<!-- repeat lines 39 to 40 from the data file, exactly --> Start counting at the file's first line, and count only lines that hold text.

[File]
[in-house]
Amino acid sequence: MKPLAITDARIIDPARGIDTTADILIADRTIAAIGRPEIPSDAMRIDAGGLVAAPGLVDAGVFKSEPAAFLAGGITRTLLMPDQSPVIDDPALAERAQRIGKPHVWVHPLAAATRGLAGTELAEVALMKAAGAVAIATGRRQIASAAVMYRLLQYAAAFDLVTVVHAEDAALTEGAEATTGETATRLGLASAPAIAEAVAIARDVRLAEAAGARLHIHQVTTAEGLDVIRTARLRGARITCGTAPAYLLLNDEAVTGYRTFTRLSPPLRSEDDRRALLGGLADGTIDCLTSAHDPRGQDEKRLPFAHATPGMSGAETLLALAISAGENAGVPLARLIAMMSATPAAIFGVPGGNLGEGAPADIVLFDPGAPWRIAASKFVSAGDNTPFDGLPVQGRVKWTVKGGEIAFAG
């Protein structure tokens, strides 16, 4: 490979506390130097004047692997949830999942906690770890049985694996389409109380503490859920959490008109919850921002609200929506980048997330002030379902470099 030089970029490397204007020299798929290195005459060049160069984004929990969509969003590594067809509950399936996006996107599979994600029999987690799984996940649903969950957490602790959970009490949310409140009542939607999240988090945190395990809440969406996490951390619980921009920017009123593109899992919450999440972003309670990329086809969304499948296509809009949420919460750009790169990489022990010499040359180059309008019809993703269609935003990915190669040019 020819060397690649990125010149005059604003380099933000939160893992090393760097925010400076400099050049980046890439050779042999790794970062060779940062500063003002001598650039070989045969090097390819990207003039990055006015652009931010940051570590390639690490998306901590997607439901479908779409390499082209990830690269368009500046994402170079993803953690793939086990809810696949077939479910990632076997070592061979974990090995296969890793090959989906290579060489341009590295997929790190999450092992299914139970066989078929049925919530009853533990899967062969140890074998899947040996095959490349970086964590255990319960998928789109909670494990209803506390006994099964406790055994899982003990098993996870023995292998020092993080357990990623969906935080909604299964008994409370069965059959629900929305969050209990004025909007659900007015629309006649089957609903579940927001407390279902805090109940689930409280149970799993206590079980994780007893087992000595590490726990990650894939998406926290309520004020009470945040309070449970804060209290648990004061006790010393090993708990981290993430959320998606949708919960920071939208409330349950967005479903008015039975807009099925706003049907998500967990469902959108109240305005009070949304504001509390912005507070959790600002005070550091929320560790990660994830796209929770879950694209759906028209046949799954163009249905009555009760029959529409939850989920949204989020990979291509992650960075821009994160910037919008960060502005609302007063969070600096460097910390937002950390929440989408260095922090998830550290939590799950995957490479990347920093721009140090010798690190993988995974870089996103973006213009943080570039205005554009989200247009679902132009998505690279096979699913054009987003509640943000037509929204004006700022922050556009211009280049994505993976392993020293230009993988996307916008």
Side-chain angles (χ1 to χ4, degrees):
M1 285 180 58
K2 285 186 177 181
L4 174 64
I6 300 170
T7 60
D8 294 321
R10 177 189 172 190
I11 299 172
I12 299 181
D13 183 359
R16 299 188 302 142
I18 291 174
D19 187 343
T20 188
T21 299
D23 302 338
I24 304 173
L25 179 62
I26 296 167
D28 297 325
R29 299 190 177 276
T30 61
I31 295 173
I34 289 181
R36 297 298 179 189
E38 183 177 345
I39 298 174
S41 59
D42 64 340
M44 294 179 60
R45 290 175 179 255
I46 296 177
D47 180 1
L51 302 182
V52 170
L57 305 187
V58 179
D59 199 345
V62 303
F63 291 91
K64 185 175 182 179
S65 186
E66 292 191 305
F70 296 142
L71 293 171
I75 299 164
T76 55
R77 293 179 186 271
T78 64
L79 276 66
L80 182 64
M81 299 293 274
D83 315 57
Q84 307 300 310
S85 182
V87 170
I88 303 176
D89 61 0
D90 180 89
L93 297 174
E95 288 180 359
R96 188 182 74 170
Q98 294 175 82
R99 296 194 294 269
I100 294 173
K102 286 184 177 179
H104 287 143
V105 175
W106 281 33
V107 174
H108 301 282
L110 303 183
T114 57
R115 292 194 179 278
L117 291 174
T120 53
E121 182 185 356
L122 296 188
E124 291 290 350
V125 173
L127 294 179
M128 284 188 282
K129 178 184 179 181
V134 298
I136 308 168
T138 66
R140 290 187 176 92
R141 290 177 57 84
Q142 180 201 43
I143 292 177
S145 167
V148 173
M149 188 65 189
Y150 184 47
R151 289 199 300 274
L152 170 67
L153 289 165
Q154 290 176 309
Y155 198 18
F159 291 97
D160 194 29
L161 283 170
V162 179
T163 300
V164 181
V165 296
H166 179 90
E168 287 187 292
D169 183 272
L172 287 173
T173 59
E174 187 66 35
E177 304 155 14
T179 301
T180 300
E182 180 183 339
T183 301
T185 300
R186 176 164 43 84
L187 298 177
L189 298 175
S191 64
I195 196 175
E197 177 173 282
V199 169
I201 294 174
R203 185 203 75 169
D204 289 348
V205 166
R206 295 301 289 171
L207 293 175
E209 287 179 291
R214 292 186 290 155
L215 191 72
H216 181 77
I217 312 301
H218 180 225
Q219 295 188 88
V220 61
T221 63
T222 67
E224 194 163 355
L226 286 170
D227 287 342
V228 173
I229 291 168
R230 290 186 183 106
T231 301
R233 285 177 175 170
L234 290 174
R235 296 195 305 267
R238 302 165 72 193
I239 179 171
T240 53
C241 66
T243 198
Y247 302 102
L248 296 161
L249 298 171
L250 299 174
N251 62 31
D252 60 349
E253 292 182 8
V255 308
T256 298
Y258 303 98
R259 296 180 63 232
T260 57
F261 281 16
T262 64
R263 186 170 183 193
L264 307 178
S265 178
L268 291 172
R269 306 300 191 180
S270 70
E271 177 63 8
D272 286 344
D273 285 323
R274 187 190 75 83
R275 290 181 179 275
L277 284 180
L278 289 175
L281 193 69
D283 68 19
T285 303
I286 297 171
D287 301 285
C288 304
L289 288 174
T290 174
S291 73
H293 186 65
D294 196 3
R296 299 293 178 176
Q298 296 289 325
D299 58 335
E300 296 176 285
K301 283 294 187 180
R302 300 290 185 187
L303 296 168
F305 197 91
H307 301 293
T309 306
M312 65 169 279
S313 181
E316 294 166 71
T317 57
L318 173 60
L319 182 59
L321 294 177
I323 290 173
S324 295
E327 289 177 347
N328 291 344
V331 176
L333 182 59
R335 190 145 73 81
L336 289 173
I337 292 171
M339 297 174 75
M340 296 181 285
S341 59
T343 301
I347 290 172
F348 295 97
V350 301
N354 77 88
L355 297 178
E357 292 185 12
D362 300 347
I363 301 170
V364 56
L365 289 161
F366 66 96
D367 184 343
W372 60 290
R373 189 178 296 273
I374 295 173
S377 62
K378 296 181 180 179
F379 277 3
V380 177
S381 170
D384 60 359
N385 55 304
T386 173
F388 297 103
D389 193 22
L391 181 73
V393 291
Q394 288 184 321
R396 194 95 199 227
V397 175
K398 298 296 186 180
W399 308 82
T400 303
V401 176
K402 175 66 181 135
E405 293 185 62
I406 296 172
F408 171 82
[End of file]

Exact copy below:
V52 170
L57 305 187